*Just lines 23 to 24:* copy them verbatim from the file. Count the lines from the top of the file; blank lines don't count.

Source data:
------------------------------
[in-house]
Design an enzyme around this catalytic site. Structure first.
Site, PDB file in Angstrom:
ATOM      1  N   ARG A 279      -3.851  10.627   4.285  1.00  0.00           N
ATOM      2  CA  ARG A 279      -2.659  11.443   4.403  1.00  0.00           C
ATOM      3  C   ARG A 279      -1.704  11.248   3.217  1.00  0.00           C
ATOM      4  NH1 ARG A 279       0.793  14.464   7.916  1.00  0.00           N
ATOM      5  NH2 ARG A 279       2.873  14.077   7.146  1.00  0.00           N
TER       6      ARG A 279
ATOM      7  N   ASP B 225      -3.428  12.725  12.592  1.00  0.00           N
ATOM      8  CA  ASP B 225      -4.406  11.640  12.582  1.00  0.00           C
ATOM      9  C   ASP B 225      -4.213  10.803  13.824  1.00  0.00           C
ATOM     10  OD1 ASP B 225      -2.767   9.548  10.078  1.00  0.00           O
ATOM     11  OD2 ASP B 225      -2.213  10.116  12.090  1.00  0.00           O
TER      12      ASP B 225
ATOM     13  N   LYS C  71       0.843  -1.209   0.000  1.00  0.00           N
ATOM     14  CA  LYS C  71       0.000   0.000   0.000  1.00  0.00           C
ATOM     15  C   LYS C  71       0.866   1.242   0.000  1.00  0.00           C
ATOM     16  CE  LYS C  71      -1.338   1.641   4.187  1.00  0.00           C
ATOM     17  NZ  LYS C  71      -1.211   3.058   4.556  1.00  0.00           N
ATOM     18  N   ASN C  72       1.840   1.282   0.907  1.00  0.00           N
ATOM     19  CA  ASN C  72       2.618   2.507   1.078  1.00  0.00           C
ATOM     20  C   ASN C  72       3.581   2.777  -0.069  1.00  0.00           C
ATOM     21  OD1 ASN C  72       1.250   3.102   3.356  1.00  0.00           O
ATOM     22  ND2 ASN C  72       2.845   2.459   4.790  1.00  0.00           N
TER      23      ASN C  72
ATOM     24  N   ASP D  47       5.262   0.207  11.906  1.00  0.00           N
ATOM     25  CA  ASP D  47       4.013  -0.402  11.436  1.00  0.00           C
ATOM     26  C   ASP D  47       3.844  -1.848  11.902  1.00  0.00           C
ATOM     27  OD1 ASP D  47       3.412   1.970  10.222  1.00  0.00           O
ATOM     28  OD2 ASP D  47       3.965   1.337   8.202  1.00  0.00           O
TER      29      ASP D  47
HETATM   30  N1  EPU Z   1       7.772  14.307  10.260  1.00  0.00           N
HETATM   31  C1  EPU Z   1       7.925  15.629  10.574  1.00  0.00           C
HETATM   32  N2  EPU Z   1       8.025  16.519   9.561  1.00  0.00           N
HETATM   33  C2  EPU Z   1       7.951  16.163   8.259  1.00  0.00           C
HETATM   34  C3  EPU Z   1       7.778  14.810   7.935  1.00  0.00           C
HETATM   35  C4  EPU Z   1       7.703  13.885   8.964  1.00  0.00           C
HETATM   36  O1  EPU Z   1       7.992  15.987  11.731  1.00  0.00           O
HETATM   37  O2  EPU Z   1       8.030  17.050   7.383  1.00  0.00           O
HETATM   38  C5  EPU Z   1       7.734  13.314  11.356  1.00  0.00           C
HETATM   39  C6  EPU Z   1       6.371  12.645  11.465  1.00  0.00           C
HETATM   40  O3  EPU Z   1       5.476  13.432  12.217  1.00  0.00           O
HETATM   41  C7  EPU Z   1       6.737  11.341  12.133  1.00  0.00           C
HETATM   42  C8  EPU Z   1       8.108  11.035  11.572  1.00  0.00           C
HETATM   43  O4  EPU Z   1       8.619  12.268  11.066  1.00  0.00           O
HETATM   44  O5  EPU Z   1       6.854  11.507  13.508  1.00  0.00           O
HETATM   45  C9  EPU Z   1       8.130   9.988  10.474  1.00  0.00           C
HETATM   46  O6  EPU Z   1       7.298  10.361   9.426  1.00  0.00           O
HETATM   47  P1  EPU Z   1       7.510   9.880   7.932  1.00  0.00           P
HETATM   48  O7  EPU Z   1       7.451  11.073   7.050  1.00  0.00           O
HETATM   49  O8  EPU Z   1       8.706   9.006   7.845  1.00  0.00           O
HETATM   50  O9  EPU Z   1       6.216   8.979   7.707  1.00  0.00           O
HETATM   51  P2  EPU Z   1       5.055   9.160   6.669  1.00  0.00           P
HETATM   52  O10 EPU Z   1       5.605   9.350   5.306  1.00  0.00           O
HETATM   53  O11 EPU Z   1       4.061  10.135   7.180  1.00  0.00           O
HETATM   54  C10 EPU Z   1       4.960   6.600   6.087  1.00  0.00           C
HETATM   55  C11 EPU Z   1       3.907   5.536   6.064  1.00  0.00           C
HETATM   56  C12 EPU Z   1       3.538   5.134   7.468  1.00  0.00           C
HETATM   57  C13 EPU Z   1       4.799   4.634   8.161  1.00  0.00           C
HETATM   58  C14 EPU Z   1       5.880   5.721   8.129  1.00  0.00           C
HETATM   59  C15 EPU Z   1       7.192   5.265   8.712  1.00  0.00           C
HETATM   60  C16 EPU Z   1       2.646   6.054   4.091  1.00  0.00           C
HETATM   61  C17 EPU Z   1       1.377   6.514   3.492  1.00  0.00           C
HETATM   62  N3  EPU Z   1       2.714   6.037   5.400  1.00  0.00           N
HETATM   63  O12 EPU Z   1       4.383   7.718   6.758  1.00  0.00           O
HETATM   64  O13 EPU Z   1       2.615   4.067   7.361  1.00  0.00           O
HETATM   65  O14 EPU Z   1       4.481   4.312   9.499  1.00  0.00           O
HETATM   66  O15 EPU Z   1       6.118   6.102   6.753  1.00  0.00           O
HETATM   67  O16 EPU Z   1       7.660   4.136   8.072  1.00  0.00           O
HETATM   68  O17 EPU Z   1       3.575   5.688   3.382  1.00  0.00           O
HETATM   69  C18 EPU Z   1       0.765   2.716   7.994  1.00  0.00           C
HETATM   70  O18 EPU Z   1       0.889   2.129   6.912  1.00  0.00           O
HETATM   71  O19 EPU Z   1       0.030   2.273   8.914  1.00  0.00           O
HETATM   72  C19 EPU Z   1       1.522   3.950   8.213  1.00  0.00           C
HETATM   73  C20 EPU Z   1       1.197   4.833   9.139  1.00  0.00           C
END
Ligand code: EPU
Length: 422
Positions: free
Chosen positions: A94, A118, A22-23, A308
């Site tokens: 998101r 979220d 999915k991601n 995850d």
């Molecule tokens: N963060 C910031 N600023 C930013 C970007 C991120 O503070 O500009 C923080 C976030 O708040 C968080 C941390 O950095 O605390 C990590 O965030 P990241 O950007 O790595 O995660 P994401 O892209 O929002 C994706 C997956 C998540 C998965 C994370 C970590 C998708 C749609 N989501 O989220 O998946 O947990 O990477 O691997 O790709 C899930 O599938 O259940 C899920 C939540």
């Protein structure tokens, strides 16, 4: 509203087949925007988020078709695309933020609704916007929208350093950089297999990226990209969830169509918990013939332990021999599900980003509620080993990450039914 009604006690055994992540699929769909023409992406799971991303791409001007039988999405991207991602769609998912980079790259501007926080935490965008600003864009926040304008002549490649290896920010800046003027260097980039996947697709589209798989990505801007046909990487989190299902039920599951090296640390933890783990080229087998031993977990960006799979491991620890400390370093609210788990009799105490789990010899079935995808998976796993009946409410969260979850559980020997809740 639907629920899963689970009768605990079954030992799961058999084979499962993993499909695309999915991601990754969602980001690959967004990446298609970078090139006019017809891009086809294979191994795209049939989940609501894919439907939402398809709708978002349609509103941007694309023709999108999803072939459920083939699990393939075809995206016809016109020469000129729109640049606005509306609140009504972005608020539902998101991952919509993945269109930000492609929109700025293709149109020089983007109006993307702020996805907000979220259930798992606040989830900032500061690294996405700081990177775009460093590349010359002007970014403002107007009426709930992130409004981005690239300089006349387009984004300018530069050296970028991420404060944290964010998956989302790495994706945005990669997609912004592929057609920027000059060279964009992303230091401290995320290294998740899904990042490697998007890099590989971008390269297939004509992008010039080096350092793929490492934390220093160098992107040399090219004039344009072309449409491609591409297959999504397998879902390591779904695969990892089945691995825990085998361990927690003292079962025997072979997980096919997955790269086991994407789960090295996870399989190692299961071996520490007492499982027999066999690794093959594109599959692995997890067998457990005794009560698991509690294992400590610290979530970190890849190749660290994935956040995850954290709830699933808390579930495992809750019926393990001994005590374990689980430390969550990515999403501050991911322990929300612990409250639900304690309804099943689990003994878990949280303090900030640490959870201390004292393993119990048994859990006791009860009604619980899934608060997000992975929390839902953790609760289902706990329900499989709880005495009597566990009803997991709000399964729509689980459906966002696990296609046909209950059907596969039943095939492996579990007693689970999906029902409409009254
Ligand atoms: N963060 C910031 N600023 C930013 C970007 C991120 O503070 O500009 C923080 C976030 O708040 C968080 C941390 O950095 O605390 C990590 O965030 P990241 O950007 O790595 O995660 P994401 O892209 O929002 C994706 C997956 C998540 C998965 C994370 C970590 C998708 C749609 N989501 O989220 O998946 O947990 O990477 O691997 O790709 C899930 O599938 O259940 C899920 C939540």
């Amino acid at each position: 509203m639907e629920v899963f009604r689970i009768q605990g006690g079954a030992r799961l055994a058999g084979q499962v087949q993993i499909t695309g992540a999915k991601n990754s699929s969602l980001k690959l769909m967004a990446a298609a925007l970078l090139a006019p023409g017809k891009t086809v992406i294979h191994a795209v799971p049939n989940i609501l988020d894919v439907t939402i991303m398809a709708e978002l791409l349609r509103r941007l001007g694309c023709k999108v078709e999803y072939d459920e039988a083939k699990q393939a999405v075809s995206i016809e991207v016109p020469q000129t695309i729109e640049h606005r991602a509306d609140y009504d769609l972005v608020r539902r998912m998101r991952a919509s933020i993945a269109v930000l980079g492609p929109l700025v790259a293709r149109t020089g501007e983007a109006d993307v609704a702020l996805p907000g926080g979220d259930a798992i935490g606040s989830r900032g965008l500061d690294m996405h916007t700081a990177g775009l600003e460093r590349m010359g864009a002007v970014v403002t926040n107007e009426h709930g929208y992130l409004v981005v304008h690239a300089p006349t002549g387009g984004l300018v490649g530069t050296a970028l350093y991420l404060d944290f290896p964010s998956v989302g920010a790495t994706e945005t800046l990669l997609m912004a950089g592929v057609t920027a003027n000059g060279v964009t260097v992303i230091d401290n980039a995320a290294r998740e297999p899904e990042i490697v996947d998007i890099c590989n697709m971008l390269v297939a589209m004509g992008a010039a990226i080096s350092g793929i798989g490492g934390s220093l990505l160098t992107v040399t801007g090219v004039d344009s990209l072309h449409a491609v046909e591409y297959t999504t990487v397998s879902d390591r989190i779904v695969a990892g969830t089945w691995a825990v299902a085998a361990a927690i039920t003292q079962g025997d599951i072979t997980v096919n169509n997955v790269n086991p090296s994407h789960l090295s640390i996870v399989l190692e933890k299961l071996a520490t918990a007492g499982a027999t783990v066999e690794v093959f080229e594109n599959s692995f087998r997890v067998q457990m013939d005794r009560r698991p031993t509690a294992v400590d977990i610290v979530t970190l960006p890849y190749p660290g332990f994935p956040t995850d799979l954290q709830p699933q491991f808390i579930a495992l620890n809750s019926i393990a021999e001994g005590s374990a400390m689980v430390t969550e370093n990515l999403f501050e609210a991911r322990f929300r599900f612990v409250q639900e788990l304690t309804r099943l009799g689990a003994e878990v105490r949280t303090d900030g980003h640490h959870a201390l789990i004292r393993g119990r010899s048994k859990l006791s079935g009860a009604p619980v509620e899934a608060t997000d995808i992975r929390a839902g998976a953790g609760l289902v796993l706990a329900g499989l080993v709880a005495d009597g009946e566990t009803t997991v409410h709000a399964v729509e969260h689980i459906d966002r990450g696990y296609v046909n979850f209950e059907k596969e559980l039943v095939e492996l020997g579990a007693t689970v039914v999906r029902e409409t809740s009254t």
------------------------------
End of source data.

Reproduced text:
ATOM     20  C   ASN C  72       3.581   2.777  -0.069  1.00  0.00           C
ATOM     21  OD1 ASN C  72       1.250   3.102   3.356  1.00  0.00           O